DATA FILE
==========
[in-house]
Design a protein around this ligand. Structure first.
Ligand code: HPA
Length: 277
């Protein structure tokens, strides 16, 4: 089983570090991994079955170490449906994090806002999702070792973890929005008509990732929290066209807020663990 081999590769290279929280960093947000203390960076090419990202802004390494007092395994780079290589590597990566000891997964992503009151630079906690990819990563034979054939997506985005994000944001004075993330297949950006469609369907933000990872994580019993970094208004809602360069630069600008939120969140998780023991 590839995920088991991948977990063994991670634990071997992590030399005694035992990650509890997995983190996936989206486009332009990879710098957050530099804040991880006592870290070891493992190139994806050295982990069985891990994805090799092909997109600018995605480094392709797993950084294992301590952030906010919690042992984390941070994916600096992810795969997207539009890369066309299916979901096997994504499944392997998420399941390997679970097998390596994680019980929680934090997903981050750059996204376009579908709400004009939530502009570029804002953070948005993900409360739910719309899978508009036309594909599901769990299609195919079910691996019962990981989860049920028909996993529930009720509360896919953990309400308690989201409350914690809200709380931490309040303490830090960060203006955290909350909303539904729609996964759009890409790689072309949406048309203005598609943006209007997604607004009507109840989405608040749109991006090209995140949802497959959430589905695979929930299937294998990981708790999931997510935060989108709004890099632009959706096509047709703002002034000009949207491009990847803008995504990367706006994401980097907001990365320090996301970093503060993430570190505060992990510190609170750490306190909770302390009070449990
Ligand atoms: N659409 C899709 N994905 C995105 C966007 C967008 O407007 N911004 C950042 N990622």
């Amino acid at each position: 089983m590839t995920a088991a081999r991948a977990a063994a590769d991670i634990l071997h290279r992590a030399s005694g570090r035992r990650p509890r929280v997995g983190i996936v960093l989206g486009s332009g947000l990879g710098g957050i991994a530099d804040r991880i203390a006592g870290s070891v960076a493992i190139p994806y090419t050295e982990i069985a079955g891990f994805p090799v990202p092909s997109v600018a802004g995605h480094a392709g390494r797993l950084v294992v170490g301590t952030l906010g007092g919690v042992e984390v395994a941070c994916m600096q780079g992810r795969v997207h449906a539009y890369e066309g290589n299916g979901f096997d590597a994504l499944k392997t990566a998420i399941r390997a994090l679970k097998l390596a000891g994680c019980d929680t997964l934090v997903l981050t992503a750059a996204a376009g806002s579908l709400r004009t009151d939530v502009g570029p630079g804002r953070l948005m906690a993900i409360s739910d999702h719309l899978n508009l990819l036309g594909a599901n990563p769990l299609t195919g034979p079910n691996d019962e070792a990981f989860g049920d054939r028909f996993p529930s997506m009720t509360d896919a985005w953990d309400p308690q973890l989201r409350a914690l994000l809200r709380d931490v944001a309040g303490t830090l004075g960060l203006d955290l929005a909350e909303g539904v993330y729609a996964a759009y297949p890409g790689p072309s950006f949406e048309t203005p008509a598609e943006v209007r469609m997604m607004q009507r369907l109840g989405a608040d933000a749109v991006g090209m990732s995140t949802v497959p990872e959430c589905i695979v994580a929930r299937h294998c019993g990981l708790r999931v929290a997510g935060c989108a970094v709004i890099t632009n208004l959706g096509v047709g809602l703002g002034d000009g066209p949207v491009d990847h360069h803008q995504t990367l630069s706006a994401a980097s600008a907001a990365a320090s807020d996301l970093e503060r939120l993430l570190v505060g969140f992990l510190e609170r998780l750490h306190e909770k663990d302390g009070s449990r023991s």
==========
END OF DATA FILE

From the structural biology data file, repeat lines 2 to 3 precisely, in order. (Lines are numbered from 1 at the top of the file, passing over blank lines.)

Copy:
Design a protein around this ligand. Structure first.
Ligand code: HPA